I am constantly worrying that I have a heart problem because I get out of breath easily and my chest feels tight. Although I have had numerous cardiology tests and they have all been normal and I have been told my heart is fine, I can not seem to get it out of my head that there is something wrong and experience all the anxiety symptoms that make it feel like my heart.
Please can you advise me, is this just purely an obsessive disorder and can this problem be cured?
This sounds like an anxiety disorder. Many people who experience panic attacks find that one of the most troubling symptoms is the fear of having a heart attack. Panic attacks really do feel like there is something wrong with your heart, so it makes sense that you are concerned.
Anxiety causes (among other symptoms) chest pain, chest tightness, difficulty breathing, racing heart and heart palpitations. These frightening symptoms increase the anxiety…and the symptoms get worse…and you get even more anxious…it is a vicious cycle.
Panic and anxiety cause these symptoms because the body is in fight-or-flight mode. The heart rate increases, breathing becomes rapid, muscles tighten…all in preparation to fight or flee. The tense chest muscles initially cause feelings of tightness. Muscles then start to fatigue, leading to feelings of pain in the chest.
In answer to your question, YES, the problem can be cured.
I believe that the most effective way to get rid of this kind of anxiety is an exercise called the experimental technique. I learned about this technique from David Burns, author of "When Panic Attacks."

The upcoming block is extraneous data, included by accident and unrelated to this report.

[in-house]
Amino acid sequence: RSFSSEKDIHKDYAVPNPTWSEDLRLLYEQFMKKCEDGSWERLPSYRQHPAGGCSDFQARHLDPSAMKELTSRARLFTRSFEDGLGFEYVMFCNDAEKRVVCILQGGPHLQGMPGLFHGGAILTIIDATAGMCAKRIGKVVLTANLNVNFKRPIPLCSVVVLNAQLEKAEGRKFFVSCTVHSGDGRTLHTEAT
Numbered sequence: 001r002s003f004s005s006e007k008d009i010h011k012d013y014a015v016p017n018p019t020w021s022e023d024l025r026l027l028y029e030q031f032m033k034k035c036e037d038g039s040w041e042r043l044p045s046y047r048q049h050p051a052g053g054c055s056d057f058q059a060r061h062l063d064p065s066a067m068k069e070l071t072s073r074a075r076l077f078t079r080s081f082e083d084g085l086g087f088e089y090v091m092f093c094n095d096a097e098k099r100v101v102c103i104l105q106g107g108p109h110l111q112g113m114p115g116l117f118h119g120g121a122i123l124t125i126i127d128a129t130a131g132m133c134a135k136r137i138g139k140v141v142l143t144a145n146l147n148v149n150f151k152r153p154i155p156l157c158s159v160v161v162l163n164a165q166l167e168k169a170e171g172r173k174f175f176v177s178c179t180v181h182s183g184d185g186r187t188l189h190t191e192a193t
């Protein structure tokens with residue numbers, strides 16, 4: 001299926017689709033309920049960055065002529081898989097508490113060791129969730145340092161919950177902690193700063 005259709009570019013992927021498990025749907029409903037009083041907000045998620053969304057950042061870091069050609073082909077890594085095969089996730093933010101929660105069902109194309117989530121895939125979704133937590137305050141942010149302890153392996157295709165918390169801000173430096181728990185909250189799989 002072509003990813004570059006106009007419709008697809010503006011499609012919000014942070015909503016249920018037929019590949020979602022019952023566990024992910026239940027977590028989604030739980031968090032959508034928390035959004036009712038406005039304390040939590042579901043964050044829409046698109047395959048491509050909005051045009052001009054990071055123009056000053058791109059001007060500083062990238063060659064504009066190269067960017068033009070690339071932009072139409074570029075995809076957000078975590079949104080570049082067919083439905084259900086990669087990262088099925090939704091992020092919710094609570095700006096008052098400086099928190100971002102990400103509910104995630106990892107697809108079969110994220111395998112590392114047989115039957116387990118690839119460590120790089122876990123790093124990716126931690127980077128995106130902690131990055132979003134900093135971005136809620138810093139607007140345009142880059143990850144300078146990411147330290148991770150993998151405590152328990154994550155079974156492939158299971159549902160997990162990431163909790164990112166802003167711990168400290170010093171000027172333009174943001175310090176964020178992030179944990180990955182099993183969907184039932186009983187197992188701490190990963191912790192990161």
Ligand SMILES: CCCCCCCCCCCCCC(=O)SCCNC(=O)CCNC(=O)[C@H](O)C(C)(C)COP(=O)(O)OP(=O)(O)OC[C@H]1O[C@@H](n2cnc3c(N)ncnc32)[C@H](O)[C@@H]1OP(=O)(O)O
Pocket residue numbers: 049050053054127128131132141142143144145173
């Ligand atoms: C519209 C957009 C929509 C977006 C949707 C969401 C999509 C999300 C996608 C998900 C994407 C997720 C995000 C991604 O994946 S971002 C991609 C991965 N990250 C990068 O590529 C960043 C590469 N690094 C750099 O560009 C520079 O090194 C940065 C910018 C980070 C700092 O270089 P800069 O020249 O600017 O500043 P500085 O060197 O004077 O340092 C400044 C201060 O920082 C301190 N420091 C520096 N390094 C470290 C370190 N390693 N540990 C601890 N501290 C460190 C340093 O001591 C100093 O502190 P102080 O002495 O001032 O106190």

Here's how it works. You devise an experiment to test whether your negative thoughts are true. In this case, your thoughts might look something like this:
I'm having a heart attack.
I'm going to die.
There is something wrong with my heart.
I can't breathe.
This chest pain means I have a dangerous illness.
You feel anxious because during a panic attack, these thoughts seem true and are frightening. If you know the thoughts are not true, they are no longer scary, and the anxiety goes away.
How could you do an experiment to find out if these thoughts are true?
In his book "When Panic Attacks," David Burns describes an experiment where a patient with these types of thoughts does vigorous exercise. By doing exercise during a panic attack, the patient proves that she is not having a heart attack, does not die, and can breathe. After repeating this experiment a few times, the patient is no longer afraid of symptoms of chest tightness or a racing heart, and the anxiety is gone.
Perhaps an experiment like this one would work for you. If not, there are a variety of other techniques that can help to get rid of anxiety and panic, and there is sure to be a technique that will help. Find more information on anxiety on this overcoming anxiety page.